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'Homegoing' is a centuries-spanning epic of interlinked short stories

Yaa Gyasi’s powerful debut novel tells the story of two sisters, and their descendants, divided by the slave trade.

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    Homegoing
    Yaa Gyasi
    Knopf Doubleday Publishing Group
    320 pages
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In Yaa Gyasi’s powerful debut, Homegoing, two sisters wind up in The Castle in Ghana – the infamous port where slaves were transported. Neither knows the other is there. They will never meet – forever divided by the slave trade.

Effia lives above ground, married to a British soldier who pampers her and tells her the dungeon houses “cargo.” Like Bluebeard’s wife, Effia only finds out about what’s behind those doors much later.

Esi, unknown to her half-sister, is captured during a raid on her tribe and winds up in those squalid cells before being loaded onto a ship bound for America.

Their mother tells Esi that her people have a “saying about separated sisters. They are like a woman and her reflection, doomed to stay on opposite sides of the pond." 

In this case, the “pond” in question is the Atlantic Ocean. Over the next three centuries, their descendants grow up shadowed by the evils of slavery: Esi and her daughter Ness suffer horrific abuse on plantations before Esi’s grandson escapes to the North. In Ghana, Effia and her son prosper, uncomfortably, before her grandson runs away to try to live an untainted life.

Effia’s biracial son, Quey, has his own secrets to conceal as he follows his dad into the horror of the family business. Quey talks about growing used to the smell of human waste, “but fear was one smell that would stand out forever. It curled his nose and brought tears to his eyes, but he had learned long ago how to keep himself from crying.”

Gyasi has delivered something unbelievably tough to pull off: a centuries-spanning epic of interlinked short stories. Each character gets only one chapter, yet most are so vividly and empathetically drawn that you get a sense of both the span of their lives and the events that shaped it, from the Fugitive Slave Act to the Anglo-Asante wars.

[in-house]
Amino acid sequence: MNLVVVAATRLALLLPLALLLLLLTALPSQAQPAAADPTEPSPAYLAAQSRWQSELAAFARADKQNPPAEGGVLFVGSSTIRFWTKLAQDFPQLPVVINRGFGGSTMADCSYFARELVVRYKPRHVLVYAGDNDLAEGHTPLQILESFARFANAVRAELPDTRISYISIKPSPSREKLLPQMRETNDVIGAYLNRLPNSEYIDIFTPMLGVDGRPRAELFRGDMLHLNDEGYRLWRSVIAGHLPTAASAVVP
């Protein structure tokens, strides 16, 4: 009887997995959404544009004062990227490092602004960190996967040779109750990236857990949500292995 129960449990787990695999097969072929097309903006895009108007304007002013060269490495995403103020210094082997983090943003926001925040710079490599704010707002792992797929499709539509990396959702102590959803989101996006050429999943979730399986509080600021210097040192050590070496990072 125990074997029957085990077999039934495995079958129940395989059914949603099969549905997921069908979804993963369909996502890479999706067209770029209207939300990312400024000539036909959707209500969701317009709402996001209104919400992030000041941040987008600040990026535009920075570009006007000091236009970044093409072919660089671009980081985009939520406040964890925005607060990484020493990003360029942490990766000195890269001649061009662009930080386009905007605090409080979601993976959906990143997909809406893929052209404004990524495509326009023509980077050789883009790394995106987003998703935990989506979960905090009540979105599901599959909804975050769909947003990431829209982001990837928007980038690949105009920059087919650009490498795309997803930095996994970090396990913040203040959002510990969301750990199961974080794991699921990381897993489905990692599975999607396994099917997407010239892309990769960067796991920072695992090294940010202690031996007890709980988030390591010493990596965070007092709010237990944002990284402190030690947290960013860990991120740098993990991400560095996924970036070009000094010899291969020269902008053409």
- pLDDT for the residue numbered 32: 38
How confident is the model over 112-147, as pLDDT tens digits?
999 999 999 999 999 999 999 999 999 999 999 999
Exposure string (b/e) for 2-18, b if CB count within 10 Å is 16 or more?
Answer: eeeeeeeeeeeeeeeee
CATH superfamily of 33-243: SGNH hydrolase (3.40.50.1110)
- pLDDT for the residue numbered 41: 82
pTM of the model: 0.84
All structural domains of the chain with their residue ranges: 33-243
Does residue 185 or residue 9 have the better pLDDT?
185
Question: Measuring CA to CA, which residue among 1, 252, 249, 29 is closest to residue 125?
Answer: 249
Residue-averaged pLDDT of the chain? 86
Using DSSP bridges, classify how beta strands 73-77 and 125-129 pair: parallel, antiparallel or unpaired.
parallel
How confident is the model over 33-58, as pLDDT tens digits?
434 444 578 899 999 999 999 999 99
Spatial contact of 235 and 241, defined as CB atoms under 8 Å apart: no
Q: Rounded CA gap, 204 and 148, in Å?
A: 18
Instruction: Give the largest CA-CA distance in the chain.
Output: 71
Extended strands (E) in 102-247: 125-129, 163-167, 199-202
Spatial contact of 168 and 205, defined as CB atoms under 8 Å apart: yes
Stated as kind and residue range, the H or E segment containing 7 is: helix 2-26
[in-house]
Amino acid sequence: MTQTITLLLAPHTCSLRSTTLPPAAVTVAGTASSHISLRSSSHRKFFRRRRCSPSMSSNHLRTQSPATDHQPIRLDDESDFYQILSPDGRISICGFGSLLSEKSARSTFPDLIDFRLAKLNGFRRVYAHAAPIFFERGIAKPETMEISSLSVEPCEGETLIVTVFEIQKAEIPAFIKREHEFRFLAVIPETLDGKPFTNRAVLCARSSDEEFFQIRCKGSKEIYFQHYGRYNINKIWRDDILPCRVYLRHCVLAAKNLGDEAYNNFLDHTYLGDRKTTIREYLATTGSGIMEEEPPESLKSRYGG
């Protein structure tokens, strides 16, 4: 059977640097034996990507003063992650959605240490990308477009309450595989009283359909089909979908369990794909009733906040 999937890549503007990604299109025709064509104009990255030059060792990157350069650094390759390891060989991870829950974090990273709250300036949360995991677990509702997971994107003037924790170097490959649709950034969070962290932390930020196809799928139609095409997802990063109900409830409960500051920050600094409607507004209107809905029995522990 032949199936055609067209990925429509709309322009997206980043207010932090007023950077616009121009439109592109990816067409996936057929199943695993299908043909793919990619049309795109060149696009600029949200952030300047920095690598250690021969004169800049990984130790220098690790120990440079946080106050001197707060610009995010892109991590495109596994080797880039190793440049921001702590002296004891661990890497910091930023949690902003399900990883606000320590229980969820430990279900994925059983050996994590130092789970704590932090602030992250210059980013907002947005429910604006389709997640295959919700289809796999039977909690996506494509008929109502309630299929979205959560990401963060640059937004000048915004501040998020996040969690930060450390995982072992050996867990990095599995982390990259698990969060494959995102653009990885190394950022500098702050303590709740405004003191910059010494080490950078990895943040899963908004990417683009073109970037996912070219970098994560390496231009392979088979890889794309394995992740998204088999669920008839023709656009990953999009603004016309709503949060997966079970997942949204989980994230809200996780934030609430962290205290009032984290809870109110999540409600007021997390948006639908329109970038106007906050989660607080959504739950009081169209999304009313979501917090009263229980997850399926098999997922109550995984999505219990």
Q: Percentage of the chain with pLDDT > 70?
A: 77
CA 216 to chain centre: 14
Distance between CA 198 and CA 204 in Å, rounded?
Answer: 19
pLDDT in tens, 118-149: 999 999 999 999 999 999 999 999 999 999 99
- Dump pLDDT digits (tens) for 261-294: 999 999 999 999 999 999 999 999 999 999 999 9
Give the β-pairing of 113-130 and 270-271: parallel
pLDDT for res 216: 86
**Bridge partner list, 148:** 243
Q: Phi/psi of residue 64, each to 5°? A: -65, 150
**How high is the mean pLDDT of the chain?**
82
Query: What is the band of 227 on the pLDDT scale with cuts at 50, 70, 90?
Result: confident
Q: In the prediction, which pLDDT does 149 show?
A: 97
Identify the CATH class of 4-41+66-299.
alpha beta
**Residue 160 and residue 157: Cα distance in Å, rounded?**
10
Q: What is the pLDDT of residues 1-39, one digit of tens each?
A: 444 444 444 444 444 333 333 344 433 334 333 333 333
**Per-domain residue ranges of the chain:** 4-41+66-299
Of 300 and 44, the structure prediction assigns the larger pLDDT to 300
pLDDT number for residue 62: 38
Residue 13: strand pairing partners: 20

She has a poet’s ability to paint a scene with a handful of phrases. Ness is disfigured by scars that cause her new owner’s wife to faint when she sees them. On the plantation, “[t]he sun scorched cotton so hot it almost burned the palms of your hands to touch it. Holding those small white puffs almost felt like holding fire, but God forbid you let one drop.”

One of the most memorable chapters belongs to H, a John Henry-type figure who was 13 when the Civil War ended. “War may be over but [slavery] ain’t ended,” a man tells him. Convicted for allegedly looking at a white woman, H is leased to the coalmines for 10 years, where he sees men whipped to death for coming up short on their daily quota. He earns the nickname Two Shovel H for wielding a shovel in each hand – saving a white man’s life by filling his quota. Also down there are Solomon, who got 20 years for stealing a nickel, and Timothy, who was arrested for telling a dog to quit barking.

“History is storytelling,” Yaw, Effia’s great-great-great-grandson tells his students. “We believe the one who has the power. He is the one who gets to write the story. So when you study history, you must always ask yourself, Whose story am I missing?”

In “Homegoing,” Gyasi poignantly and powerfully fills in 14 of those missing tales.

 
 
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